High Voltage: Bushveld backs $13bn vanadium battery outlook with redT-Avalon investment
Link copied to
Each week our High Voltage column wraps all the news driving ASX battery metals stocks with exposure to lithium, cobalt, graphite, manganese and vanadium.
Navigant Research reckons the stationary energy storage market is growing at a rate of 58 per cent a year and will surpass 100GWh and $US50 billion ($72 billion) annually by 2027. Flow batteries will capture an 18 per cent share of the total, it says.
That’s $13 billion a year for the nascent vanadium battery sector alone.
Which is why major vanadium miner Bushveld has established an investment platform (called VIP) to tap into vanadium battery original equipment manufacturers (OEMs) with “attractive upside potential”.
Last week, the $255m market cap miner announced an initial $US5m investment into the proposed merger of battery makers redT Energy and Avalon Battery.
The merger, which remains subject to due diligence by each party, also needs to raise at least $US30m to support growth plans.
$US5m isn’t a huge amount, but the redT-Avalon tieup would have “a global sales footprint, a robust near-term project pipeline, operations in North America, Europe and Asia, market-leading technology, and a strong management team”, Bushveld says.
This kind of larger-scale business is essential for vanadium battery tech to move into the mainstream.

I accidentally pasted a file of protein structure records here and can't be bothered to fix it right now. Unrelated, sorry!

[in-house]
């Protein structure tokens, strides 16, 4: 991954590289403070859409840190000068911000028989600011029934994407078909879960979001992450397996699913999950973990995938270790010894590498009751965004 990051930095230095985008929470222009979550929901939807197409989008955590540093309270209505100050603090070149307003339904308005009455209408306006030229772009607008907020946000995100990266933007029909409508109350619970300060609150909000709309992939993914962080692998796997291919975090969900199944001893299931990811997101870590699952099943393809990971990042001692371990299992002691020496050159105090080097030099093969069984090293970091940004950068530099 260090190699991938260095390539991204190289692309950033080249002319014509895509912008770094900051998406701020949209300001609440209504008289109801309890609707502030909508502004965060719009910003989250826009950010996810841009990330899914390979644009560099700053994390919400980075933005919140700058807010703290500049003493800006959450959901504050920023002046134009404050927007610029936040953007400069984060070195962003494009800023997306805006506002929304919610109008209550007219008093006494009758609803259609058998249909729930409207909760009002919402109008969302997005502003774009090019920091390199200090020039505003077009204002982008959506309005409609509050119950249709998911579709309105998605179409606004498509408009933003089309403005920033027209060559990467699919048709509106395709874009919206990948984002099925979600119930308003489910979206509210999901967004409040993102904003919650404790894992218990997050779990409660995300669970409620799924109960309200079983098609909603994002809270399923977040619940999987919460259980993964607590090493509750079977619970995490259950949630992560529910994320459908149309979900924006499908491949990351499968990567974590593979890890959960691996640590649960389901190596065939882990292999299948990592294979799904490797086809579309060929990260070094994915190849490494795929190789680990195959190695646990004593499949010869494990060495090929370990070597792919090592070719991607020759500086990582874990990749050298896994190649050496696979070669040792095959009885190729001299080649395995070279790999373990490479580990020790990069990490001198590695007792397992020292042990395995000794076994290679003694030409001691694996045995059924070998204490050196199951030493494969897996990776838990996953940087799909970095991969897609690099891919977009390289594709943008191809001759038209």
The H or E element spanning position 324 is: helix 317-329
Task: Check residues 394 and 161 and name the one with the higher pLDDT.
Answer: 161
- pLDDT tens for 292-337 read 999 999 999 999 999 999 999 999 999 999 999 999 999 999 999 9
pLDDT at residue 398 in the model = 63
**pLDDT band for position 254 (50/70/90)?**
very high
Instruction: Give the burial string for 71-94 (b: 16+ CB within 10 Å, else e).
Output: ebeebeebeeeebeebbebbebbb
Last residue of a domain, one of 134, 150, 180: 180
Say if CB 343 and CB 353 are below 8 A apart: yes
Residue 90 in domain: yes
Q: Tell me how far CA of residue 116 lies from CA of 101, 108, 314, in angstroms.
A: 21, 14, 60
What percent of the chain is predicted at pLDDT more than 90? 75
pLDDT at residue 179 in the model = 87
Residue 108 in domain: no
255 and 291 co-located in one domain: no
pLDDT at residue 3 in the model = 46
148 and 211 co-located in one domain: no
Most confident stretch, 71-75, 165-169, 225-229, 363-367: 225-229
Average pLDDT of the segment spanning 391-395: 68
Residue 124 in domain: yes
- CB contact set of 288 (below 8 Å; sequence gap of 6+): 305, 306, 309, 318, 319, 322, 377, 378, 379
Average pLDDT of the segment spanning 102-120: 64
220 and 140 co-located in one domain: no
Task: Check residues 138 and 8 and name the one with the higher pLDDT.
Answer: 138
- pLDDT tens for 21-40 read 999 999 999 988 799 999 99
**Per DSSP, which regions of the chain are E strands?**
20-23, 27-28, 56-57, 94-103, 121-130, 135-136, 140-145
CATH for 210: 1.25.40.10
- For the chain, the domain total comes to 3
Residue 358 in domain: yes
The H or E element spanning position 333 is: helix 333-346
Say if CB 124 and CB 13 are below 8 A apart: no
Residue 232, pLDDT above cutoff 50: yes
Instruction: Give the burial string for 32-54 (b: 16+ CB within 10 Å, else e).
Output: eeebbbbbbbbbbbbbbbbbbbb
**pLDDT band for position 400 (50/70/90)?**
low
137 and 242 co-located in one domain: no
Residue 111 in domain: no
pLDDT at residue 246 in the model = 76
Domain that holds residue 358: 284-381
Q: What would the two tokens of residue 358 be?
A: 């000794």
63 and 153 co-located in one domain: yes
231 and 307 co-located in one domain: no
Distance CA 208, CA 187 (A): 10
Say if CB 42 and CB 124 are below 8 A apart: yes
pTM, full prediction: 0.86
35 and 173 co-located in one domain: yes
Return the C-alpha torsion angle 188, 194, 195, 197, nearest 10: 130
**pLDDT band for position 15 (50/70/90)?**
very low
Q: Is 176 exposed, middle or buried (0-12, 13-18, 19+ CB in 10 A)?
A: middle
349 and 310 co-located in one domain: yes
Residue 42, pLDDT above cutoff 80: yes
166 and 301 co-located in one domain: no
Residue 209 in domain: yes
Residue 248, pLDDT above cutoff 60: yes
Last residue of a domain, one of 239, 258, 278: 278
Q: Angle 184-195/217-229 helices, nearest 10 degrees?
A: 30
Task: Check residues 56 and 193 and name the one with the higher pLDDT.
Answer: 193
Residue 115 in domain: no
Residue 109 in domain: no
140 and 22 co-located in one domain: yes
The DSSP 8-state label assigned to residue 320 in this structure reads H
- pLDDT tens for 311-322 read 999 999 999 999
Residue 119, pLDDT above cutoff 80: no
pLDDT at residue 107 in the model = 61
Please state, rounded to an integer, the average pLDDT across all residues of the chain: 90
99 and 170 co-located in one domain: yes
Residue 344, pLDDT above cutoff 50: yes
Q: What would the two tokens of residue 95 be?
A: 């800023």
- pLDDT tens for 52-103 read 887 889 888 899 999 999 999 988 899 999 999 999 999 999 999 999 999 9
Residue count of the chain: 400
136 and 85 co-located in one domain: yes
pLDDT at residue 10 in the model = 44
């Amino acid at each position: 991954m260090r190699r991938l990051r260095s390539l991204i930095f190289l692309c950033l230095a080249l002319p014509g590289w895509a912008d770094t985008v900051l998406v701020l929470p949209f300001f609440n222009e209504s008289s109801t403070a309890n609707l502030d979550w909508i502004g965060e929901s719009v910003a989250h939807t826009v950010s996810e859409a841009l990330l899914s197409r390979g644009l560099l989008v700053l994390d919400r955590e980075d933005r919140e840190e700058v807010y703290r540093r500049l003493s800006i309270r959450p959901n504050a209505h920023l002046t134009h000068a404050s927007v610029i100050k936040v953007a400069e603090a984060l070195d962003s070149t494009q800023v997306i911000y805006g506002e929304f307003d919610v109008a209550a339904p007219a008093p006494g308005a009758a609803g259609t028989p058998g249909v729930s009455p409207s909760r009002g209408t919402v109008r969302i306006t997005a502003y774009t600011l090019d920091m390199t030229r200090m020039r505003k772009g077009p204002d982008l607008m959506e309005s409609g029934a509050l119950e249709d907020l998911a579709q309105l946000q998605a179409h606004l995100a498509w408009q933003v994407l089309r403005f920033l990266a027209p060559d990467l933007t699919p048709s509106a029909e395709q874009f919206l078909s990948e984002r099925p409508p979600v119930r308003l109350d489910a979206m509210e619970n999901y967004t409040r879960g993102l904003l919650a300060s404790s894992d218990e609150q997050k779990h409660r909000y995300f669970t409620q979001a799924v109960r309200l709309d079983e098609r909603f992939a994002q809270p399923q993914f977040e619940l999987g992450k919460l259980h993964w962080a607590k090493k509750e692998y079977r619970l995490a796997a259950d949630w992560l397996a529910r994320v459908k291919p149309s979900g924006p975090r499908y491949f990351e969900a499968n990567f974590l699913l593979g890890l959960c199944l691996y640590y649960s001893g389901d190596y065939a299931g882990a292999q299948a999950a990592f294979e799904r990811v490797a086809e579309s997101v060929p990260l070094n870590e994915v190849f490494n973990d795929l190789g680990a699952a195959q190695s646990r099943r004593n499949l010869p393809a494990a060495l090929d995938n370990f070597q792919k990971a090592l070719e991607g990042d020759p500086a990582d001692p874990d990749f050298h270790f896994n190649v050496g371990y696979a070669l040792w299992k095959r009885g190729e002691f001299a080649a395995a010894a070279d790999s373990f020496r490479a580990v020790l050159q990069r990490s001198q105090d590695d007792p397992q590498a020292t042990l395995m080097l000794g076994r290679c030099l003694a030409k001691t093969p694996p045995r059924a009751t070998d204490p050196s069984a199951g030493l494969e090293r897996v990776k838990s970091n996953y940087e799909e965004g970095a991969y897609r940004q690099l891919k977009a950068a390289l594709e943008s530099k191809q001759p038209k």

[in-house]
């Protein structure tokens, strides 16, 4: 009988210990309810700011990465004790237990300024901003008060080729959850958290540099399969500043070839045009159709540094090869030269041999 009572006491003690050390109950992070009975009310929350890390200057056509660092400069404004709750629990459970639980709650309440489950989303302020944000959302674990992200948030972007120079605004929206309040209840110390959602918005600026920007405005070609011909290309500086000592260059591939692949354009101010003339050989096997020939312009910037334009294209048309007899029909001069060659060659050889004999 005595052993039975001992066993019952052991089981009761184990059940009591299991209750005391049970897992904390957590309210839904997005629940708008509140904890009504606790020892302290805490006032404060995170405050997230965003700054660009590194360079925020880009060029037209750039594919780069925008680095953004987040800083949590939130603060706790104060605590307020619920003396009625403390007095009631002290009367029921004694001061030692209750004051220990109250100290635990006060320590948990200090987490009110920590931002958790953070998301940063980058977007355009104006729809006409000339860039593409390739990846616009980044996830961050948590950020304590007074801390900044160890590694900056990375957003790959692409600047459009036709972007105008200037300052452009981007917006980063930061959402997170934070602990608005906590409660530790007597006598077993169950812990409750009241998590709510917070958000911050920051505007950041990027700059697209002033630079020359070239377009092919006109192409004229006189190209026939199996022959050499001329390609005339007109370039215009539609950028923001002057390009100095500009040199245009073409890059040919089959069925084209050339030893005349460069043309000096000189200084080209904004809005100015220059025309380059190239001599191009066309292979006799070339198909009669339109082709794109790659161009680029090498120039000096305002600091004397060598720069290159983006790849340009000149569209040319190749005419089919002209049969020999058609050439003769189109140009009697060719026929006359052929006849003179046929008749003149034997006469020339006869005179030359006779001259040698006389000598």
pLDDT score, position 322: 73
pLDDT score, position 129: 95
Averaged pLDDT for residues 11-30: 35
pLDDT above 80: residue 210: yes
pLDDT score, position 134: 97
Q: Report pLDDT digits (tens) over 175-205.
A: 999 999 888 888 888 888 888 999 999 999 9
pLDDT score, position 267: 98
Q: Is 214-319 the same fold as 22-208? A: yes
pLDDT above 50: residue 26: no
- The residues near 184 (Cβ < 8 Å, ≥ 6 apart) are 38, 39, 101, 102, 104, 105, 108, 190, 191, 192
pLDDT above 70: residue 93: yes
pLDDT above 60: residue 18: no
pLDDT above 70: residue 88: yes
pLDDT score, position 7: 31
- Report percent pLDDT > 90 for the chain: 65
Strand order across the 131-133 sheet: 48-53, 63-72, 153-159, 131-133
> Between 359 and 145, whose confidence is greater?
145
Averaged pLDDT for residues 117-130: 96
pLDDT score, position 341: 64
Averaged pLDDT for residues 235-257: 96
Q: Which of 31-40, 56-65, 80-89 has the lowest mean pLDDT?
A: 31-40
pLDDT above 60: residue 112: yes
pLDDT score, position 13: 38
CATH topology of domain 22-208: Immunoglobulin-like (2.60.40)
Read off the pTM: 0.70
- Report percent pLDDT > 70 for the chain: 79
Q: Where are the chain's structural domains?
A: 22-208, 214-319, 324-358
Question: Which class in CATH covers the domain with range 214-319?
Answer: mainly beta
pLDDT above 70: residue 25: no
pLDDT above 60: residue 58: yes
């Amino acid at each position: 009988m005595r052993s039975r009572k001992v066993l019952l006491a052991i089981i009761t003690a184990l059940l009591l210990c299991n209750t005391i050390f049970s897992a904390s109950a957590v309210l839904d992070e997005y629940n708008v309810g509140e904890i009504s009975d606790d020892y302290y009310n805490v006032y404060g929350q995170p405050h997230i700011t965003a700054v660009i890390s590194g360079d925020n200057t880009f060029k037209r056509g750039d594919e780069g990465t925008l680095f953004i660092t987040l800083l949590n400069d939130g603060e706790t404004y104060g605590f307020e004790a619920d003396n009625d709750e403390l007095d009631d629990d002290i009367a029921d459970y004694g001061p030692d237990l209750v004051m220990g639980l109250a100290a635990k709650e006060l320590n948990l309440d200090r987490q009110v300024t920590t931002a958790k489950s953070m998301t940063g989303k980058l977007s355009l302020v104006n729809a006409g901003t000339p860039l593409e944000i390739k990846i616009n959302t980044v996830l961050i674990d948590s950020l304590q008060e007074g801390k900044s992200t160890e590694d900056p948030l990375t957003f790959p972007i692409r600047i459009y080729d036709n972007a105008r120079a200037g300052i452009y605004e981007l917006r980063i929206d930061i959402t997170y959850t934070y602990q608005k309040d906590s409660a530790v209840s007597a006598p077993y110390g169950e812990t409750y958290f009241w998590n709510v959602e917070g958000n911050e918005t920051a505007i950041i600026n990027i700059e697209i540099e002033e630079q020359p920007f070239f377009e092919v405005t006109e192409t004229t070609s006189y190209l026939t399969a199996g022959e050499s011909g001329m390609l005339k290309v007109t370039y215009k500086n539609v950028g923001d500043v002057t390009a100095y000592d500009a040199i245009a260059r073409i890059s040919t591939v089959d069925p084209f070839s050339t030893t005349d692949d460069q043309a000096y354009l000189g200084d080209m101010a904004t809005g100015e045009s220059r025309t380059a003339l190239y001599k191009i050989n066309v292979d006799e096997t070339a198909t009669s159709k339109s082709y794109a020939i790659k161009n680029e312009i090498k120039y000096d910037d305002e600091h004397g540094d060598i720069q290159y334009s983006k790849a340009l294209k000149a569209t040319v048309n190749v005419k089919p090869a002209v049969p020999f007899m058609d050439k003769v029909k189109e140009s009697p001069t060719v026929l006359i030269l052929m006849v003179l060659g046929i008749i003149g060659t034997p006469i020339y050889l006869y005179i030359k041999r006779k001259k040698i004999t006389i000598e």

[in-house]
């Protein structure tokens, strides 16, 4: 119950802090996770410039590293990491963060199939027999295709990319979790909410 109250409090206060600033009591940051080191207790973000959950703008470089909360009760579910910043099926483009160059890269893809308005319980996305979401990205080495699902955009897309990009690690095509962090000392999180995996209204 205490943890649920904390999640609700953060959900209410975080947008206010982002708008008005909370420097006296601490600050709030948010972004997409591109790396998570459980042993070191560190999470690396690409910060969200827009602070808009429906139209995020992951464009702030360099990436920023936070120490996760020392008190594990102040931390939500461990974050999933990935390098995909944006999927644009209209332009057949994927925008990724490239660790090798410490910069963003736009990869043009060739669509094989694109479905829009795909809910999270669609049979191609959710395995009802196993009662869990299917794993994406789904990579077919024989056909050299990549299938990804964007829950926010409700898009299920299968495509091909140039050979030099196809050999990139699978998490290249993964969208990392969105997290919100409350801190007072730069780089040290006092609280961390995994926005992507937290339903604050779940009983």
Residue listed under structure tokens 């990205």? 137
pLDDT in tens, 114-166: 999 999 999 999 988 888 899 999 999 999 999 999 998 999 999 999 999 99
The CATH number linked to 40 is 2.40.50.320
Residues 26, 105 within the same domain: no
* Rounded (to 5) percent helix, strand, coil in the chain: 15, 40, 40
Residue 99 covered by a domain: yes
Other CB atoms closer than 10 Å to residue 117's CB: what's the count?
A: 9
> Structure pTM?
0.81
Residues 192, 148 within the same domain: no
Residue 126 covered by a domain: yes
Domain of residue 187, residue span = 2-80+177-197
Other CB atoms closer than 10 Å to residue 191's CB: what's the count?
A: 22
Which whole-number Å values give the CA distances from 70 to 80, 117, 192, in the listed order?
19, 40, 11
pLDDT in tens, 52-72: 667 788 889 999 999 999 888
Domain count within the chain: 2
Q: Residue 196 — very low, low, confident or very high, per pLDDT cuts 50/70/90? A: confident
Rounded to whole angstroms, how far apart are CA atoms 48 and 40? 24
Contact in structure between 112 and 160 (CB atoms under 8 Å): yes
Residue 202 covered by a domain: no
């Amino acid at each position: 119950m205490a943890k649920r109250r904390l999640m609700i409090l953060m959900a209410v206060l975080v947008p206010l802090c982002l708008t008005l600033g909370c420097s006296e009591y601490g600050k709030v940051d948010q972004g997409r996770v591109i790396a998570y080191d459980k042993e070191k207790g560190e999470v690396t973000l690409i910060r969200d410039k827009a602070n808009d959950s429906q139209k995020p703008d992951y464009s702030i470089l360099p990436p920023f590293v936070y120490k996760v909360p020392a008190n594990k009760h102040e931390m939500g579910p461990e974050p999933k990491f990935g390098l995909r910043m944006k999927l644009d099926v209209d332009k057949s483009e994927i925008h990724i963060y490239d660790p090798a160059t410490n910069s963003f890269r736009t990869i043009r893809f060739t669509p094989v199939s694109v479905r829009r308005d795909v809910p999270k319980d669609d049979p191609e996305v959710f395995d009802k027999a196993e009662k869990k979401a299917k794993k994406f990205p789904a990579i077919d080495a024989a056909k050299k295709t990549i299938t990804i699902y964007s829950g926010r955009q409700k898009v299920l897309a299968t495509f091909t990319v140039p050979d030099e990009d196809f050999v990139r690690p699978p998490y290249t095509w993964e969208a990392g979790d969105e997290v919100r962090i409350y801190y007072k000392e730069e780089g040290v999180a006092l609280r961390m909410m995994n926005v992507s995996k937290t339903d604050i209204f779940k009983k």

And it is companies with direct IP — like redT and Avalon — that will capture a large portion of the value created within the energy storage sector, Bushveld chief exec Fortune Mojapelo says.
“The energy storage market presents a very large commercial opportunity, potentially exceeding $300 billion by 2030, with the combined redT-Avalon well placed to capitalise on this opportunity,” he says.
“This [investment] is a major leap forward in the development of our downstream energy business at an attractive price and prudent entry level.
“It also demonstrates our conviction in the VRFB technology’s potential and our ability to meet the vanadium supply needs of the energy storage industry.”
The major (non-Chilean) lithium miners had a fantastic week.
Pilbara Minerals (ASX:PLS), Galaxy Resources (ASX:GXY), and Orocobre (ASX:ORE) recorded gains of 23 per cent, 17 per cent and 14 per cent respectively, on news that protestors had blocked access to Chilean lithium operations in late October – all part of nationwide demonstrations over inequality, according to Reuters.
Chile’s Atacama salt flats are among the world’s richest reserves of lithium so there’s going to be a lot of interest in any potential long-term supply implications.
Other major lithium winners included advanced explorers ioneer (ASX:INR), European Lithium (ASX:EUR), AVZ Minerals (ASX:AVZ) and Liontown Resources (ASX:LTR) – which is up an incredible 404 per cent over the past 12 months.
In the red this week is advanced nickel-cobalt play Australian Mines (ASX:AUZ), which fell 29 per cent after a comprehensive supply deal with South Korean battery maker SK Innovation was terminated.
Here’s a table of ASX battery metal stocks with exposure to lithium, cobalt, graphite, manganese and vanadium>>>
Scroll or swipe to reveal table. Click headings to sort. Best viewed on a laptop: